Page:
Reds sneak home against Highlanders
Wallabies five-eighth Quade Cooper played his best game of 2012 as Queensland kept their Super Rugby title defence alive with a nail-biting 19-13 win over the Highlanders on Friday night.
The Reds almost gave up a 16-point second-half lead before escaping with a penultimate-round victory with three minutes of gutsy defence on fulltime at Suncorp Stadium.
The desperate Highlanders attacked the line over multiple phases but a string of try-saving tackles, including two by man-of-the-match Cooper, saved the day before Jake Schatz produced a ruck turnover.
Their fifth straight win moves Queensland into the top six with just their last-round match against arch-rivals NSW to come on Saturday week.
A loss would have virtually been curtains for the home side who would have dropped to eighth.
Cooper, noticeably growing in confidence in his fourth match back from knee surgery, was a stand-out to show he’s back near the form which took the Reds to last year’s title.
The Wallabies five-eighth regularly took on the advantage line, muscled up in defence and threw some signature spiral passes that put his teammates into space.
The goalkicking of Mike Harris, who slotted five from six, was also crucial for the Reds as they scored one try to the Highlanders’ two.
Queensland looked home and hosed when prop James Slipper was rewarded for a strong display with a 57th-minute try in the right corner for a 16-3 lead.
But the Highlanders fired back with tries to Adam Thomson and Chris King off the back of concerted pressure to close the gap to six points with six minutes left.
Missed conversions cost the visitors dearly, meaning they needed a converted try at the death to win instead of a mere penalty goal, which they could have taken.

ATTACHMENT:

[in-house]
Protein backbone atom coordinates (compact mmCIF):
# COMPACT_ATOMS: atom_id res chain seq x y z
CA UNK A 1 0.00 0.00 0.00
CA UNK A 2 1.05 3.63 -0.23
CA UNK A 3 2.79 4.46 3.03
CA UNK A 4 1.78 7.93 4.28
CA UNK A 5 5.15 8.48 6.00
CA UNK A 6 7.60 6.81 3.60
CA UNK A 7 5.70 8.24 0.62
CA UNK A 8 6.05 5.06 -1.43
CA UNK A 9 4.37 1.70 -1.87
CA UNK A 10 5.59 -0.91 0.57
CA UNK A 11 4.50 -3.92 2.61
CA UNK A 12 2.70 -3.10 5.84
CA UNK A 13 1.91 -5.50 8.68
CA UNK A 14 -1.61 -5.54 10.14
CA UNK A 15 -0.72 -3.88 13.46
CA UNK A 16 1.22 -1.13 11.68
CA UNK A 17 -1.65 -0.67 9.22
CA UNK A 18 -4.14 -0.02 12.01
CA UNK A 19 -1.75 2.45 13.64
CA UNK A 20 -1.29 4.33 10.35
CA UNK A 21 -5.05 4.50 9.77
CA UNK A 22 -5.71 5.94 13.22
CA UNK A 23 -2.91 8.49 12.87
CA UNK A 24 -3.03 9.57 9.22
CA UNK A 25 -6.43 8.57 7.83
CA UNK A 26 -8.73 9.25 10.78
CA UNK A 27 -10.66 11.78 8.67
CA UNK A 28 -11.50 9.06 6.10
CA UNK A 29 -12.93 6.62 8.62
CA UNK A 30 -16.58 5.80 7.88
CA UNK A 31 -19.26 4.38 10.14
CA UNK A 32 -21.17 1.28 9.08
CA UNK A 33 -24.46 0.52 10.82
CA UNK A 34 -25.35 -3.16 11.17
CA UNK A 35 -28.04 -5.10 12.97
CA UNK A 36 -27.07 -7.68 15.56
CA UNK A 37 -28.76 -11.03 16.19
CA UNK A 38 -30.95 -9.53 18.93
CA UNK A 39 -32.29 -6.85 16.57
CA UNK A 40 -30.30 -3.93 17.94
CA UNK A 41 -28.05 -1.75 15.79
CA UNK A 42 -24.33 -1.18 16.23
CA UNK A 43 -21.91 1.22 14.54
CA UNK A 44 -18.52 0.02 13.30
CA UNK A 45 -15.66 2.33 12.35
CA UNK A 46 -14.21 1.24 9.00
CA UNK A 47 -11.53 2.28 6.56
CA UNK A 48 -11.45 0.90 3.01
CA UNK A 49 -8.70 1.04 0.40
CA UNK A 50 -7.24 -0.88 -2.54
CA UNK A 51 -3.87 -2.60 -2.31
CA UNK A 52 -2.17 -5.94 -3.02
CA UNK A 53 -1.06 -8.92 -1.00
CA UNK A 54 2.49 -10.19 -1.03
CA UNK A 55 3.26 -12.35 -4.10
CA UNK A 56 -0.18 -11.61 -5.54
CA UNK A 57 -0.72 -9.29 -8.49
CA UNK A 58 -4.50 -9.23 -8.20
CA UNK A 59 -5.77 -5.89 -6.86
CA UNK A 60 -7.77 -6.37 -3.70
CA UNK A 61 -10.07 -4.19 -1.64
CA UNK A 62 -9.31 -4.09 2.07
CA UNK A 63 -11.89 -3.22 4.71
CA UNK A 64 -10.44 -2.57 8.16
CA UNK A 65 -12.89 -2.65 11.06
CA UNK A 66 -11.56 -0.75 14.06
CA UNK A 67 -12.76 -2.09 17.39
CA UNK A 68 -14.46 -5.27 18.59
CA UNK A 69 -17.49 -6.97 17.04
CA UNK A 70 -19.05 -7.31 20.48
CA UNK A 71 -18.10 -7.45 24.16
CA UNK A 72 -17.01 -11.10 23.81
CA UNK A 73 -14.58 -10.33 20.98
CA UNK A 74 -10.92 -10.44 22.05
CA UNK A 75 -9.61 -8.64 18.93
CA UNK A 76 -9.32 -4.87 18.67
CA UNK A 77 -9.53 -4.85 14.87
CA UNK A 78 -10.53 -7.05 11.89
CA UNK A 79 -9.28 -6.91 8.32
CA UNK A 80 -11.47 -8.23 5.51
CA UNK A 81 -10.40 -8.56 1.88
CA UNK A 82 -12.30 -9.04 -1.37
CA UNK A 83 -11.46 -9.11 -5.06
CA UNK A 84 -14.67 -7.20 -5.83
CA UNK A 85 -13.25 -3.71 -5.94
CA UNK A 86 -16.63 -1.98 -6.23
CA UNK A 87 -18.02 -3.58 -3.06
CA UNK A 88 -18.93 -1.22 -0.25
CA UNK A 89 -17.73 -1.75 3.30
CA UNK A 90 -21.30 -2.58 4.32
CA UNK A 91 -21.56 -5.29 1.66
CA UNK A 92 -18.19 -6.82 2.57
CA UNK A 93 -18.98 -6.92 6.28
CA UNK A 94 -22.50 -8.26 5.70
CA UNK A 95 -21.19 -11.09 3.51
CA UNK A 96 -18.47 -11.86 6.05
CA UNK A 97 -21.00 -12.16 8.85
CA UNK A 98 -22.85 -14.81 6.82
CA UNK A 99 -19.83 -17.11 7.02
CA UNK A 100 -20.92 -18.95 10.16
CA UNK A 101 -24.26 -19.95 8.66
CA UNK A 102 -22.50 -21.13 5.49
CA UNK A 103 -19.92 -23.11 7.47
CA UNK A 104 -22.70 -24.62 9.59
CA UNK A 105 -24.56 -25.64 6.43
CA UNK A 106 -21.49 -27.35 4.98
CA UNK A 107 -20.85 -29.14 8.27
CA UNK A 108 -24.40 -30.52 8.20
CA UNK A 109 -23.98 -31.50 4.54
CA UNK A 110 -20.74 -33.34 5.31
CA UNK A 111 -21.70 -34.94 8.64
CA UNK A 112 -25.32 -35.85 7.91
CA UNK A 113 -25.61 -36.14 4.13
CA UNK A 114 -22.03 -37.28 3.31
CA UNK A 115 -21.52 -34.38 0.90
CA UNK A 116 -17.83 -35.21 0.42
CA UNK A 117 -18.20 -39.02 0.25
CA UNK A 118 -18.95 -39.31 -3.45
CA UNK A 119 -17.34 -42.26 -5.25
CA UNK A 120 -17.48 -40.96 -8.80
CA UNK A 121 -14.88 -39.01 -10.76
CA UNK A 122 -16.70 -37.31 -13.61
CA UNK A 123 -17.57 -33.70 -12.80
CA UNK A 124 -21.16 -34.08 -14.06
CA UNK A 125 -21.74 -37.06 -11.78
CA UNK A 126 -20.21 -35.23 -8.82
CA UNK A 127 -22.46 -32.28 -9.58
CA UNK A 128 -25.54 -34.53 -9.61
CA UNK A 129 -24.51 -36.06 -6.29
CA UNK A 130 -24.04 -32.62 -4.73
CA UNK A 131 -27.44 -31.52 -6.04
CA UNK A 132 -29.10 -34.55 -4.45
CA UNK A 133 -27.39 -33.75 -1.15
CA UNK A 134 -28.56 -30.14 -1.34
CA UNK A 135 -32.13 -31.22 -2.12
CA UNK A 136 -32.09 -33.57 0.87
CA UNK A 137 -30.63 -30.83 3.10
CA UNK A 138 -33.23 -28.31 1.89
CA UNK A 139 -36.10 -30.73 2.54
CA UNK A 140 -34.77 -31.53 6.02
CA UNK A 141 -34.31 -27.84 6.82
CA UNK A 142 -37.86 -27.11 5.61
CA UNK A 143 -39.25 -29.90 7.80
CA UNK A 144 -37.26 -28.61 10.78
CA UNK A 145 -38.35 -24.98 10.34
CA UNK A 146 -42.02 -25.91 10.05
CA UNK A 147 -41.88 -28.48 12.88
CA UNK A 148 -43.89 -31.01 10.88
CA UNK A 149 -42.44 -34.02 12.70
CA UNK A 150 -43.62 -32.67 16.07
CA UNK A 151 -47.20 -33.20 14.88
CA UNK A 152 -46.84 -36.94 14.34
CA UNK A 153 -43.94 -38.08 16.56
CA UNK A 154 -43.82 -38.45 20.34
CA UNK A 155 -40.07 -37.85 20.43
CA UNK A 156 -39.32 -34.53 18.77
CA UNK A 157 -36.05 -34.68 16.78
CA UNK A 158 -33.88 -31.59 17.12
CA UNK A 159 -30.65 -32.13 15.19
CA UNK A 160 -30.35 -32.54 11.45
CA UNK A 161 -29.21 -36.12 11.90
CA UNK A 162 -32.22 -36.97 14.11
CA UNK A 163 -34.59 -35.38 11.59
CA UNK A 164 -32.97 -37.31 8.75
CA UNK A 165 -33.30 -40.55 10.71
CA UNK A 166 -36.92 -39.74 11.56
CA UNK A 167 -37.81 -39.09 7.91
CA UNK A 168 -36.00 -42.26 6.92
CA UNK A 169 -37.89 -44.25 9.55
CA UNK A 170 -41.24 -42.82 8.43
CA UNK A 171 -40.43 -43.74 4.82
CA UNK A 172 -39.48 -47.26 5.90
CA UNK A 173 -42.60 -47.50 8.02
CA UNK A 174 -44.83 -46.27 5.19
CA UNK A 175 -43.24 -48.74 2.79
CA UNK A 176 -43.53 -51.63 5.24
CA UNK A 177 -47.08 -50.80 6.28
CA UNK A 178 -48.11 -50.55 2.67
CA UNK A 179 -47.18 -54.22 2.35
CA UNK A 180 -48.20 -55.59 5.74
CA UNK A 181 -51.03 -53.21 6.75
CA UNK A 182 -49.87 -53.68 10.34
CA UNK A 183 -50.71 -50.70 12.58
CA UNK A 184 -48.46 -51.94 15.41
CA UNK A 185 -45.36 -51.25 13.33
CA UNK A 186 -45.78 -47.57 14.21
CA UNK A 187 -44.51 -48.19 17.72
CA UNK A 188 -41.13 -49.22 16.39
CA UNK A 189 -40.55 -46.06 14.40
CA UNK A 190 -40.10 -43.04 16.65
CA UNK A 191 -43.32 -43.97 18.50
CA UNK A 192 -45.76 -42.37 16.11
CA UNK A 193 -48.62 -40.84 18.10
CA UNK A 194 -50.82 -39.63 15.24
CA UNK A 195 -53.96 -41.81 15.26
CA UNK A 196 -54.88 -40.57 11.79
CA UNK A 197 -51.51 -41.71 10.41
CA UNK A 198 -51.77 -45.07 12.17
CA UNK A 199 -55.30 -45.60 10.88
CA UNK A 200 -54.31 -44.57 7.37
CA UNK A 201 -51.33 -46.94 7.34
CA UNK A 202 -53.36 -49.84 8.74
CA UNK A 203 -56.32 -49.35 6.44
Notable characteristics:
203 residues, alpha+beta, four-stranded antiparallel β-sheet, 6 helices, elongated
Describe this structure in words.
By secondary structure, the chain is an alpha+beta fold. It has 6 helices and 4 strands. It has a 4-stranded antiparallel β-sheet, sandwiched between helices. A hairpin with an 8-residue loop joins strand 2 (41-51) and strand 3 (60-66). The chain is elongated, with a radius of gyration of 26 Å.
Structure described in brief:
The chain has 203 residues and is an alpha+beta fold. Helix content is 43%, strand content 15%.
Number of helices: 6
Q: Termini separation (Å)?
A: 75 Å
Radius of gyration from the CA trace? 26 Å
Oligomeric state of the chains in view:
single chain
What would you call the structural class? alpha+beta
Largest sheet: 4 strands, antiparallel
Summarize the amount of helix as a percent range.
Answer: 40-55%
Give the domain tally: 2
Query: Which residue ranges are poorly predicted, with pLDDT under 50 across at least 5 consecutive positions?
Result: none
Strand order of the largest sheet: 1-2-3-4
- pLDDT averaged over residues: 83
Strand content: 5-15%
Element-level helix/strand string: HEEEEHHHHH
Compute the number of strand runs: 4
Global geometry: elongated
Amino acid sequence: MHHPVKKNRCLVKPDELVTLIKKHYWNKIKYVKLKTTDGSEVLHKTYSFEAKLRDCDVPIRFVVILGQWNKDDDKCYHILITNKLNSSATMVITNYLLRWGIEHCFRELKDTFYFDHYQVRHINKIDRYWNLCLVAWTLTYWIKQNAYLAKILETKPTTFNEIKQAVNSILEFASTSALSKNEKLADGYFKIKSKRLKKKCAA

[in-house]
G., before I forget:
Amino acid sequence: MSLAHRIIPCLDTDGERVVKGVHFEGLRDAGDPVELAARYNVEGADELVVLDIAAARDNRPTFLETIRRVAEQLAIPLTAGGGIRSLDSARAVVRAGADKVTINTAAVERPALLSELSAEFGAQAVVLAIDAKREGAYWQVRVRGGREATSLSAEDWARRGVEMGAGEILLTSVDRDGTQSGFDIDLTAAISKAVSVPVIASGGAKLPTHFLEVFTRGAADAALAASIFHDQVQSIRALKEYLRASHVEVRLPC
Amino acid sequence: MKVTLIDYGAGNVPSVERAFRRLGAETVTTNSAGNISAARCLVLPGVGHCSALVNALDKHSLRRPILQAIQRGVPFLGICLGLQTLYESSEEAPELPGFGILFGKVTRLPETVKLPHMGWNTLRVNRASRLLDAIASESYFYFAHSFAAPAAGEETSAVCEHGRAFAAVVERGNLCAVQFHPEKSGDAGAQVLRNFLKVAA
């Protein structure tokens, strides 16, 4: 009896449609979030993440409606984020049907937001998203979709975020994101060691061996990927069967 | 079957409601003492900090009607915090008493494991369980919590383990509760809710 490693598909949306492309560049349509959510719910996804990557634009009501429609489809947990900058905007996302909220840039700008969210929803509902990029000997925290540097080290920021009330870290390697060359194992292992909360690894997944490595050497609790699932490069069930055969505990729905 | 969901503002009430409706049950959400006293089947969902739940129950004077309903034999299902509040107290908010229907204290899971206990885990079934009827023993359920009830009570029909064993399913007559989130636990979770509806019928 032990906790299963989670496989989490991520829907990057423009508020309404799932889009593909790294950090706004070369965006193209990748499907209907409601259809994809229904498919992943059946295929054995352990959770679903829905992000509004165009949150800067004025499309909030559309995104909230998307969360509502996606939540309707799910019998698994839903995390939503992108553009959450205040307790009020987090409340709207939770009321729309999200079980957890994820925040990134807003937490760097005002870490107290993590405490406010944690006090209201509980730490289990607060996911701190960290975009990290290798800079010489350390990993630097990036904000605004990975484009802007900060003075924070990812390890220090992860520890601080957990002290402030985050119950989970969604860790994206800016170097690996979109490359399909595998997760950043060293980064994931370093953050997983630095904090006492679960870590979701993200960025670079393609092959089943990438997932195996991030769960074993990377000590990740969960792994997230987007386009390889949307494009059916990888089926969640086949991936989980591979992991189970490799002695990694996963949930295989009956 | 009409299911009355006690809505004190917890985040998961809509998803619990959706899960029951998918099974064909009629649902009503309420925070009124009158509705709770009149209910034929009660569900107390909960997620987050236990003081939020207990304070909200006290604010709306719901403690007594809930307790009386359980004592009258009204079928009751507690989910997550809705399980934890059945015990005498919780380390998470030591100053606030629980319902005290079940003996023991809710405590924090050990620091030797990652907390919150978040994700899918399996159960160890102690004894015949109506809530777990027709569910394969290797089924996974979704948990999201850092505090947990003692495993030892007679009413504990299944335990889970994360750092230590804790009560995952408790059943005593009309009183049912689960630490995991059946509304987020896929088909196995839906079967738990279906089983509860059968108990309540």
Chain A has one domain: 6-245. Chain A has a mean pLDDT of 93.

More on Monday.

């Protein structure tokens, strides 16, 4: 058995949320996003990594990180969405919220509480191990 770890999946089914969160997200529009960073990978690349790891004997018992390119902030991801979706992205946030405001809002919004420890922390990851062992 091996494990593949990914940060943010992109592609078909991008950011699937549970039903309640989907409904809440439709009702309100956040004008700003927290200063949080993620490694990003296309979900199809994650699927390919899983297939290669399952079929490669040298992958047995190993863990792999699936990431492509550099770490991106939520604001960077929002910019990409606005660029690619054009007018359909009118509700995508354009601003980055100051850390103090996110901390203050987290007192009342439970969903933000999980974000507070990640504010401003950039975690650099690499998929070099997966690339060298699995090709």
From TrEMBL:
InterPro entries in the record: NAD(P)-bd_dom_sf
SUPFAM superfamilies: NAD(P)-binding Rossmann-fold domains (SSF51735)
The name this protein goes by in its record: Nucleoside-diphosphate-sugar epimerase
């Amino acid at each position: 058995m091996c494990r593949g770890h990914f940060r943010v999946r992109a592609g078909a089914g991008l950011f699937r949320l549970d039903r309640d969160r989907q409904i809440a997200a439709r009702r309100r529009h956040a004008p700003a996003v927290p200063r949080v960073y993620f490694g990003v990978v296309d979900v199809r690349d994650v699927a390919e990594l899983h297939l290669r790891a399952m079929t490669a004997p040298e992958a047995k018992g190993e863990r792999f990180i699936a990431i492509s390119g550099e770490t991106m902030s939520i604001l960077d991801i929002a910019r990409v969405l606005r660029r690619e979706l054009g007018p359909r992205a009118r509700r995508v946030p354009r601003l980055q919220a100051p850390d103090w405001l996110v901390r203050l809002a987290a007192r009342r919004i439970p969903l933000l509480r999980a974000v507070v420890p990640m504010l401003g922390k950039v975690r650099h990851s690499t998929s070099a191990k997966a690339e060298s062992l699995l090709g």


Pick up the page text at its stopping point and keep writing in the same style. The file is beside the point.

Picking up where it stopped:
The win came at a worrying cost for the Reds as lock Rob Simmons (knee), flanker Beau Robinson (foot) and winger Chris F’Sautia (hamstring) were all injured.
It was gut-wrenching to see teenage talent F’Sautia tear his hamstring as he made one of the few line breaks of the first half off a Cooper cut-out pass.
The Australian Under-20 three-quarter has battled hamstring issues for the past three years and Queensland had believed they had solved his problems.
The previous match between the two sides resulted in a 11-try special but that was in stark contrast to a stop-start first half dominated by Jonathan Kaplan’s whistle and Highlanders handling errors.
“We’ve got to get some clarity around the breakdown,” frustrated Reds coach Ewen McKenzie said as his side led 6-3 at halftime. “It’s pretty hard work there, they’re counter-rucking pretty hard.”
Relieved Reds captain Will Genia praised his team’s backs-to-the-wall effort in an energy-sapping end to the game.
“It’s all about character, especially at the breakdown contest and defence, and when you’re pushed to the limits on your tryline you just have to front up and we did,” Genia said.
Queensland now sit one point behind the Brumbies (54) on the Australian conference table and require the ACT-based team to lose their last two matches against NSW and the Blues to be a realistic chance of hosting a play-off.
Coach Ewen McKenzie defended their decisions to take penalty goals instead of tries for a bonus point.
“I can guarantee that if you say `we’ll go out there and score four tries’ it doesn’t happen,” McKenzie said.
“Everyone can be an expert sitting on the sideline (but) you have to get the four points first.”
Kaplan whistled 27 penalties for the match and, while 17 were against Queensland, the Highlanders ended the match incensed that no Reds were sin-binned for the 10 penalties they received while on hard attack.
“The amount of penalties in the red-zone hindered our game,” said coach Jamie Joseph.
“We certainly did enough to win that game and that’s what’s most frustrating.”
Joseph also revealed the South African whistle-blower entered their dressing room before the match to warn three Highlanders about their discipline at the ruck.
“That’s the first time that’s ever happened in my experience,” he said.© AAP 2013